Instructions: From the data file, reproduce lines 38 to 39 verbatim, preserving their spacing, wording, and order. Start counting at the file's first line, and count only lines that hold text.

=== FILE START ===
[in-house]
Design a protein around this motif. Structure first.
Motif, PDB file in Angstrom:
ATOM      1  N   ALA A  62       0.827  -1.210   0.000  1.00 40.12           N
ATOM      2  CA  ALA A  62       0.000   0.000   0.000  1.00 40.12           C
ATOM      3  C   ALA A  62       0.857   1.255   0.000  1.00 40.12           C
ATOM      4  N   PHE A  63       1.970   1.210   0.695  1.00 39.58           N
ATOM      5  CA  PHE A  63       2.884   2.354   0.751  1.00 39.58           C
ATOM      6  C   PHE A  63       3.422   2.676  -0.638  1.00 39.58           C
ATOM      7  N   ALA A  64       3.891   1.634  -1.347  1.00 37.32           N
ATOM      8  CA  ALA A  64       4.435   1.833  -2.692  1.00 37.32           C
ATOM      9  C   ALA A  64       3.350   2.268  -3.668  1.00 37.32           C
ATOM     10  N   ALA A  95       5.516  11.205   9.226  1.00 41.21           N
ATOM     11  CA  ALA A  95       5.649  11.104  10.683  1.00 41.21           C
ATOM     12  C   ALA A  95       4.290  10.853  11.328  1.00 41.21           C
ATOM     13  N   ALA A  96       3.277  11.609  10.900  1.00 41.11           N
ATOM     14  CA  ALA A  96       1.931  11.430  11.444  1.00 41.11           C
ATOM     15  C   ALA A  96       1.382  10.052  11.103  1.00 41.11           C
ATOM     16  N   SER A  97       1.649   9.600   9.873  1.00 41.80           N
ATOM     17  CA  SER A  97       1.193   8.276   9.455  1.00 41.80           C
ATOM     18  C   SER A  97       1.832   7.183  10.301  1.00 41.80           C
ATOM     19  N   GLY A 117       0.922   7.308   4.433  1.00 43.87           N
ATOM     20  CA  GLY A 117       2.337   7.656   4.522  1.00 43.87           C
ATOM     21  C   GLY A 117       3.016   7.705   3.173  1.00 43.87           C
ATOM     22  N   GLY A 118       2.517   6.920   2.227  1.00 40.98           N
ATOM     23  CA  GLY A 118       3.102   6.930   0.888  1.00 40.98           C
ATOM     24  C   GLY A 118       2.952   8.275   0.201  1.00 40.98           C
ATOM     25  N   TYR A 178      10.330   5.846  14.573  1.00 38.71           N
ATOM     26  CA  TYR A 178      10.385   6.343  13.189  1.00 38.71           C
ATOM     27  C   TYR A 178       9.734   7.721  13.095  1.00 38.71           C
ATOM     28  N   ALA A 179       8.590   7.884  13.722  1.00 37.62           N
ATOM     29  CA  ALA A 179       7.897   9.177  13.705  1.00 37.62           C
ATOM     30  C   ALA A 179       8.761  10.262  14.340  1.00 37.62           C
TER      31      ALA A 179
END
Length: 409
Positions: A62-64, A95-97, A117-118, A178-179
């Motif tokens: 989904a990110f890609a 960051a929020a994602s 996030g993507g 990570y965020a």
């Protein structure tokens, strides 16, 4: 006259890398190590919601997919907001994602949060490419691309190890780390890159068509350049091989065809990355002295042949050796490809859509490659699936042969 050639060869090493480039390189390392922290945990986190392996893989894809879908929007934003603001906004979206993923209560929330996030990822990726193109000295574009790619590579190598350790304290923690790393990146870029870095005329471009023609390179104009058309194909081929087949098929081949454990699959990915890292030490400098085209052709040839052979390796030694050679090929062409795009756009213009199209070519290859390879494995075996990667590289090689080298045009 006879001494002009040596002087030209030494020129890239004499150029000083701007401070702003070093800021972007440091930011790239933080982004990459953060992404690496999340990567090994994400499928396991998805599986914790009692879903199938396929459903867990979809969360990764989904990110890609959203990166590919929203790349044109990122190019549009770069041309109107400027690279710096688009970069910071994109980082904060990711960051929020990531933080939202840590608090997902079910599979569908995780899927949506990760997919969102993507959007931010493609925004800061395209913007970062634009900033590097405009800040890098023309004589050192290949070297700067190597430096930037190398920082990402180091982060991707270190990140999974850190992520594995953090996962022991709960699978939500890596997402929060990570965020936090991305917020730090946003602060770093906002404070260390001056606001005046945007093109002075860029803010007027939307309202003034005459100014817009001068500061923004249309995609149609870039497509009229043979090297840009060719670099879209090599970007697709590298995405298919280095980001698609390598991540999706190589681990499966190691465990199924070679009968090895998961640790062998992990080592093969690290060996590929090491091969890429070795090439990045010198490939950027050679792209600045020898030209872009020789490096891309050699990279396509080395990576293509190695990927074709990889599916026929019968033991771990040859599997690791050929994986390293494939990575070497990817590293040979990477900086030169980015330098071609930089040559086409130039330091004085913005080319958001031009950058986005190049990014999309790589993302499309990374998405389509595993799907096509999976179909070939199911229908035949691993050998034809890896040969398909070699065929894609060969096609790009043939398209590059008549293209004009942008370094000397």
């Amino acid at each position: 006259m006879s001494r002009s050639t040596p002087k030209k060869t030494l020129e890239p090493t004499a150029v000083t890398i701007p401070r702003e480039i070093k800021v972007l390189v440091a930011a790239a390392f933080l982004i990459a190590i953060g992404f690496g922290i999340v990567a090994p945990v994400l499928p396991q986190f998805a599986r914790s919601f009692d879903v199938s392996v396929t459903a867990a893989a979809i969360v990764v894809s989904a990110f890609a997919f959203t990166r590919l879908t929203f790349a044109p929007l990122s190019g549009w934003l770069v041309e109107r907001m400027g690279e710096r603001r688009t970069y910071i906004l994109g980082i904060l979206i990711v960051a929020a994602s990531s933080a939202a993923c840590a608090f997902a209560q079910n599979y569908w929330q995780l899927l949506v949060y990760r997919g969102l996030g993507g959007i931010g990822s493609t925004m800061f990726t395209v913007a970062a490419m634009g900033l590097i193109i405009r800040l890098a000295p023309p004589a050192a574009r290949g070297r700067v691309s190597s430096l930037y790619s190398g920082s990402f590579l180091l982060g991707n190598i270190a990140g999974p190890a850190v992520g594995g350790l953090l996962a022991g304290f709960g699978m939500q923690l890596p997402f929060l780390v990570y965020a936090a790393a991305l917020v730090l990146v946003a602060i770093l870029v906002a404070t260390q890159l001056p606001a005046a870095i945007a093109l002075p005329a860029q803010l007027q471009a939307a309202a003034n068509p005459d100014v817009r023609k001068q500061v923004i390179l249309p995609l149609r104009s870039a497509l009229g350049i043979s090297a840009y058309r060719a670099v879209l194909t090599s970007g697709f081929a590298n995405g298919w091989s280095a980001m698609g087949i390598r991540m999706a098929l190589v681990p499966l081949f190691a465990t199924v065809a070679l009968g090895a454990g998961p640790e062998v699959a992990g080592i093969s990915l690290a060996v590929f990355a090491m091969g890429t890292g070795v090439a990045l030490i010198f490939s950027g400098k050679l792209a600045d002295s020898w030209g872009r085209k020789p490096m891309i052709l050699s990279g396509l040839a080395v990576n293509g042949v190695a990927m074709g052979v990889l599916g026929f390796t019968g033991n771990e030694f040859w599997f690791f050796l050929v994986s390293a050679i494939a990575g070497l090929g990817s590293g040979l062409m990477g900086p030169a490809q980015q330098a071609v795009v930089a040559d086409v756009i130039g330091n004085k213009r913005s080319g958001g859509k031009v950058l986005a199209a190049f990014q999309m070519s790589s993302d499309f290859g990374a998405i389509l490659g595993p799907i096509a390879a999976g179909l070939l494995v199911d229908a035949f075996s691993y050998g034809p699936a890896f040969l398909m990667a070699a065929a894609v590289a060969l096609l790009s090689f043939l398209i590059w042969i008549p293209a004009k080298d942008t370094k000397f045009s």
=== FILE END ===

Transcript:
């Motif tokens: 989904a990110f890609a 960051a929020a994602s 996030g993507g 990570y965020a």
């Protein structure tokens, strides 16, 4: 006259890398190590919601997919907001994602949060490419691309190890780390890159068509350049091989065809990355002295042949050796490809859509490659699936042969 050639060869090493480039390189390392922290945990986190392996893989894809879908929007934003603001906004979206993923209560929330996030990822990726193109000295574009790619590579190598350790304290923690790393990146870029870095005329471009023609390179104009058309194909081929087949098929081949454990699959990915890292030490400098085209052709040839052979390796030694050679090929062409795009756009213009199209070519290859390879494995075996990667590289090689080298045009 006879001494002009040596002087030209030494020129890239004499150029000083701007401070702003070093800021972007440091930011790239933080982004990459953060992404690496999340990567090994994400499928396991998805599986914790009692879903199938396929459903867990979809969360990764989904990110890609959203990166590919929203790349044109990122190019549009770069041309109107400027690279710096688009970069910071994109980082904060990711960051929020990531933080939202840590608090997902079910599979569908995780899927949506990760997919969102993507959007931010493609925004800061395209913007970062634009900033590097405009800040890098023309004589050192290949070297700067190597430096930037190398920082990402180091982060991707270190990140999974850190992520594995953090996962022991709960699978939500890596997402929060990570965020936090991305917020730090946003602060770093906002404070260390001056606001005046945007093109002075860029803010007027939307309202003034005459100014817009001068500061923004249309995609149609870039497509009229043979090297840009060719670099879209090599970007697709590298995405298919280095980001698609390598991540999706190589681990499966190691465990199924070679009968090895998961640790062998992990080592093969690290060996590929090491091969890429070795090439990045010198490939950027050679792209600045020898030209872009020789490096891309050699990279396509080395990576293509190695990927074709990889599916026929019968033991771990040859599997690791050929994986390293494939990575070497990817590293040979990477900086030169980015330098071609930089040559086409130039330091004085913005080319958001031009950058986005190049990014999309790589993302499309990374998405389509595993799907096509999976179909070939199911229908035949691993050998034809890896040969398909070699065929894609060969096609790009043939398209590059008549293209004009942008370094000397």